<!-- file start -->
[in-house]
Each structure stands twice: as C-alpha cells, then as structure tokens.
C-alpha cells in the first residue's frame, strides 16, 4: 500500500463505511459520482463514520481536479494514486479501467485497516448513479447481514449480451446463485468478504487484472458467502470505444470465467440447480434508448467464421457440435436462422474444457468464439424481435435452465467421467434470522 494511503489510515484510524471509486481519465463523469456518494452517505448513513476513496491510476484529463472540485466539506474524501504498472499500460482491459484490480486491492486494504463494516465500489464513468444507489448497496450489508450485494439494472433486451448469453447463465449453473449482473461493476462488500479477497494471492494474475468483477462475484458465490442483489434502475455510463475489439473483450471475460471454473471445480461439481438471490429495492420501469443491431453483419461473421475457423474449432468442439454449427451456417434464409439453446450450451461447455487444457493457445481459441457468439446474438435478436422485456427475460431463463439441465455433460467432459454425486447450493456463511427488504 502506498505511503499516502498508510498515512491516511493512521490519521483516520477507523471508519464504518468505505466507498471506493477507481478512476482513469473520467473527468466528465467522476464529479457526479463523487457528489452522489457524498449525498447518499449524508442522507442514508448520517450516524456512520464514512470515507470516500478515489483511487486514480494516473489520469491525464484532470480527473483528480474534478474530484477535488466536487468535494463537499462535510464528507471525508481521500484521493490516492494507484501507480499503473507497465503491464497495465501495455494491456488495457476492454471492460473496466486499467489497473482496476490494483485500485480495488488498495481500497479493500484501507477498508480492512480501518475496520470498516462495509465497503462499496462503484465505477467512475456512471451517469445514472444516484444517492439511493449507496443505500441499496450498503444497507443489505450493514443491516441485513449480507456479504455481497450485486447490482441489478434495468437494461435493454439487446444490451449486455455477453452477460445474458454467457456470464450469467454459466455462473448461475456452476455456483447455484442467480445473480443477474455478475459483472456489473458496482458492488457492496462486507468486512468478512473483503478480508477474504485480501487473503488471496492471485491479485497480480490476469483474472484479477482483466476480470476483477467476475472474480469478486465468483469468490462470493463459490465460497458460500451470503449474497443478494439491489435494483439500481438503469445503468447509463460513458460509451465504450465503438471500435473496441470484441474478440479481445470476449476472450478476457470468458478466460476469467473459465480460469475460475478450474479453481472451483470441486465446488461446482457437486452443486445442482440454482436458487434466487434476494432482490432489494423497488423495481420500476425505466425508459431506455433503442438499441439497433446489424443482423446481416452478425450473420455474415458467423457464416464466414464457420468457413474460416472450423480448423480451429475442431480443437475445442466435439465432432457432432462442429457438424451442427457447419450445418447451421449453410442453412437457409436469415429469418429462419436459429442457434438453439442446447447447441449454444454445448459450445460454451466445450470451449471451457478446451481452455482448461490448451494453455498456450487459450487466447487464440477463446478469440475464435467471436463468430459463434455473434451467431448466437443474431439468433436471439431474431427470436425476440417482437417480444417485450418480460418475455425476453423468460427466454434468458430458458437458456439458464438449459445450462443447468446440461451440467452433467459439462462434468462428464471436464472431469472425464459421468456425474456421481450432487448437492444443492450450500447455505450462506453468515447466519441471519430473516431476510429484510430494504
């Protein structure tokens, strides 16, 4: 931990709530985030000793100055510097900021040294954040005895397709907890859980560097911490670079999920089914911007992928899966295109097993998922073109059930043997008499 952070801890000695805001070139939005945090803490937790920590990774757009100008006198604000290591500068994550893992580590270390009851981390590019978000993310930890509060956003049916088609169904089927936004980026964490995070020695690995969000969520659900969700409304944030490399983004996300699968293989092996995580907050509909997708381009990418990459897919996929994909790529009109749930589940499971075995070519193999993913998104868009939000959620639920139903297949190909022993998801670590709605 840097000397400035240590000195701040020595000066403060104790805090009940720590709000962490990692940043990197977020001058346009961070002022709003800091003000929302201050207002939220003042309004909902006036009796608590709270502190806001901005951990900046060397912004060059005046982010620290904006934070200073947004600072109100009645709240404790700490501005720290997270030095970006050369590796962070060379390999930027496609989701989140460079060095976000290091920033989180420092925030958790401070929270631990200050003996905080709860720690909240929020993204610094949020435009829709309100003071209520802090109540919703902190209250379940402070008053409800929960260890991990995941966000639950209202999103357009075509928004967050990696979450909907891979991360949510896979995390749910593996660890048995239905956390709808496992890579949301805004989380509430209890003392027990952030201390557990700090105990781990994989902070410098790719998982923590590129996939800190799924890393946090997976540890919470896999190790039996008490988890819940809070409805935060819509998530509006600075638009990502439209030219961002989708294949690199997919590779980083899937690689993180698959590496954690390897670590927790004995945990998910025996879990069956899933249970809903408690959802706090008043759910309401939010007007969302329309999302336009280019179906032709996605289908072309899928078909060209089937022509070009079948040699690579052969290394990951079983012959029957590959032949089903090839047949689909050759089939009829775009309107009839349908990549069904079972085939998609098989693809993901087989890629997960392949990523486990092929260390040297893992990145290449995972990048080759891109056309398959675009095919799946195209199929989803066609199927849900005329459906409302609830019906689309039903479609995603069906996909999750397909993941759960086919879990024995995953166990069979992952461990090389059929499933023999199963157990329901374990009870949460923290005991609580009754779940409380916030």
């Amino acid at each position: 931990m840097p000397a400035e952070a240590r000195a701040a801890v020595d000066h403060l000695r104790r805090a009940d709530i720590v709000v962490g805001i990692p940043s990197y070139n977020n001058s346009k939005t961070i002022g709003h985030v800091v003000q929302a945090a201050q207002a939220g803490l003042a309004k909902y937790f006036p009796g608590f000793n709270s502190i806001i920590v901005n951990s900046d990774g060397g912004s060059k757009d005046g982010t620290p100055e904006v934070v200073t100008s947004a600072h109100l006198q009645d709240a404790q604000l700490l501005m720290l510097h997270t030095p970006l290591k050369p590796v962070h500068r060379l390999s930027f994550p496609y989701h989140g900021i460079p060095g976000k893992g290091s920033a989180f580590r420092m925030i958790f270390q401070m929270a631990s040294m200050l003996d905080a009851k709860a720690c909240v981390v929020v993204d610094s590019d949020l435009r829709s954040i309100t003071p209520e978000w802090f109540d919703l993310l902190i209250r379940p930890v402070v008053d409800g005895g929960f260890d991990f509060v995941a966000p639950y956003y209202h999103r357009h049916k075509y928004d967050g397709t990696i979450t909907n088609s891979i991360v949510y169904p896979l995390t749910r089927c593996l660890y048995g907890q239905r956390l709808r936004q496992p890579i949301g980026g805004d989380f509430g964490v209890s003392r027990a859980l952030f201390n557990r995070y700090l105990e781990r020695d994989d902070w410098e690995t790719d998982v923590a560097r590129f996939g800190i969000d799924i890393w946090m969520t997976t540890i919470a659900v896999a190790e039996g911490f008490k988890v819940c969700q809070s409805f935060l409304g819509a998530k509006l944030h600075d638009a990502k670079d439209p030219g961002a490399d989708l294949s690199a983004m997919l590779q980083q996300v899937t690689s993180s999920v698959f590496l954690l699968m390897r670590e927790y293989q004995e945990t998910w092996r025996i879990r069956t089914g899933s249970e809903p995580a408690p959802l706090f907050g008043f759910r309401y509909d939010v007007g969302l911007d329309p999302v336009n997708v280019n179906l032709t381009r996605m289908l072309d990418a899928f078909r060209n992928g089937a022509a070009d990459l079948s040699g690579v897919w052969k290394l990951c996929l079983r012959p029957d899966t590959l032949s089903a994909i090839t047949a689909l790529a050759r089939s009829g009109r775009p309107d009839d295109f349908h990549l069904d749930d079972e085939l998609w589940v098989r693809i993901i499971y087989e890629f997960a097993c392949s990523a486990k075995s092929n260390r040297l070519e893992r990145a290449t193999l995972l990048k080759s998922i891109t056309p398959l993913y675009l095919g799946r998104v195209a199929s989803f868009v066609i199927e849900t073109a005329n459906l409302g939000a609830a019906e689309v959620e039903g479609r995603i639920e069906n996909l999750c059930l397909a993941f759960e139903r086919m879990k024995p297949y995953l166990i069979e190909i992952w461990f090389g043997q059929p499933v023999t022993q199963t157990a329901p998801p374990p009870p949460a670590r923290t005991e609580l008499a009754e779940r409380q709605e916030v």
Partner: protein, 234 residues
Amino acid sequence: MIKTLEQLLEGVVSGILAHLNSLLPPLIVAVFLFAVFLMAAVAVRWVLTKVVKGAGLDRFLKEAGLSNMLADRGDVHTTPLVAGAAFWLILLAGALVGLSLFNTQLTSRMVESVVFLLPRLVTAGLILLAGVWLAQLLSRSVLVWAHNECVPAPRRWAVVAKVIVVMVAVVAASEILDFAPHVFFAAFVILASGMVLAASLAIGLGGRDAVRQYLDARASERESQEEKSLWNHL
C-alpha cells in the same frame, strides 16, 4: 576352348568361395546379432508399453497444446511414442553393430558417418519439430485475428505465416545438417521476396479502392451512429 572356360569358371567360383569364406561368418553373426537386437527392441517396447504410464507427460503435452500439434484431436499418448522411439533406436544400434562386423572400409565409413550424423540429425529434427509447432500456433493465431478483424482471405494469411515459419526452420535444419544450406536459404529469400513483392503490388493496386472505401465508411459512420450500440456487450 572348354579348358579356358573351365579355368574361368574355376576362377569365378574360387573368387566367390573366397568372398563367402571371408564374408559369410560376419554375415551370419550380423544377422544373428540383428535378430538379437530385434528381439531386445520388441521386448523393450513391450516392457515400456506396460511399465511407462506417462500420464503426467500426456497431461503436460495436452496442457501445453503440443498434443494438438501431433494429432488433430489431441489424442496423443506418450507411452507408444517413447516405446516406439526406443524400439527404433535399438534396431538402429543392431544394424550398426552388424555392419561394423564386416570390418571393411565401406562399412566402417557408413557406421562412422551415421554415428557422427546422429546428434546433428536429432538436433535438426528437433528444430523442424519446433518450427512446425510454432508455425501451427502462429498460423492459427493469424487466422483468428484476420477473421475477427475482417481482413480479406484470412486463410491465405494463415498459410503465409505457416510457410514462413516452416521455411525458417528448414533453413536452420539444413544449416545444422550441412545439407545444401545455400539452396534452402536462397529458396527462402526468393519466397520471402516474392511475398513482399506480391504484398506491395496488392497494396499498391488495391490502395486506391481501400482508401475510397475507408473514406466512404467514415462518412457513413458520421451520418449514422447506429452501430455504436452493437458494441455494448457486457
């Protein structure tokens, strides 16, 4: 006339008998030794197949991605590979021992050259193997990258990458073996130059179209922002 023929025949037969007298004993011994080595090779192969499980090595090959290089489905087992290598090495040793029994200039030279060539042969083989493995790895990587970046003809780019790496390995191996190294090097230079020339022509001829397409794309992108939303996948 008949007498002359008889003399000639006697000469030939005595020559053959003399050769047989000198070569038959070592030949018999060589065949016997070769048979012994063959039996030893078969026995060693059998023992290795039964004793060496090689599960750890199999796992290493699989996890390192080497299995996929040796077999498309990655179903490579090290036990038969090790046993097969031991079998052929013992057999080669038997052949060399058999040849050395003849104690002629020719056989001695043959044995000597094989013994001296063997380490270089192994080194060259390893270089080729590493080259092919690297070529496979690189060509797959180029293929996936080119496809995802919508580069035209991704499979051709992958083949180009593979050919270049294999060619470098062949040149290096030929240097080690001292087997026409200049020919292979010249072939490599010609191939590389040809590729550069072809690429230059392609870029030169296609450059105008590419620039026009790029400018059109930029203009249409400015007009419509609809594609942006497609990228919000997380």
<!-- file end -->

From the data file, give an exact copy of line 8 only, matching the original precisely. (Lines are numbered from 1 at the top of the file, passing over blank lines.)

C-alpha cells in the same frame, strides 16, 4: 576352348568361395546379432508399453497444446511414442553393430558417418519439430485475428505465416545438417521476396479502392451512429 572356360569358371567360383569364406561368418553373426537386437527392441517396447504410464507427460503435452500439434484431436499418448522411439533406436544400434562386423572400409565409413550424423540429425529434427509447432500456433493465431478483424482471405494469411515459419526452420535444419544450406536459404529469400513483392503490388493496386472505401465508411459512420450500440456487450 572348354579348358579356358573351365579355368574361368574355376576362377569365378574360387573368387566367390573366397568372398563367402571371408564374408559369410560376419554375415551370419550380423544377422544373428540383428535378430538379437530385434528381439531386445520388441521386448523393450513391450516392457515400456506396460511399465511407462506417462500420464503426467500426456497431461503436460495436452496442457501445453503440443498434443494438438501431433494429432488433430489431441489424442496423443506418450507411452507408444517413447516405446516406439526406443524400439527404433535399438534396431538402429543392431544394424550398426552388424555392419561394423564386416570390418571393411565401406562399412566402417557408413557406421562412422551415421554415428557422427546422429546428434546433428536429432538436433535438426528437433528444430523442424519446433518450427512446425510454432508455425501451427502462429498460423492459427493469424487466422483468428484476420477473421475477427475482417481482413480479406484470412486463410491465405494463415498459410503465409505457416510457410514462413516452416521455411525458417528448414533453413536452420539444413544449416545444422550441412545439407545444401545455400539452396534452402536462397529458396527462402526468393519466397520471402516474392511475398513482399506480391504484398506491395496488392497494396499498391488495391490502395486506391481501400482508401475510397475507408473514406466512404467514415462518412457513413458520421451520418449514422447506429452501430455504436452493437458494441455494448457486457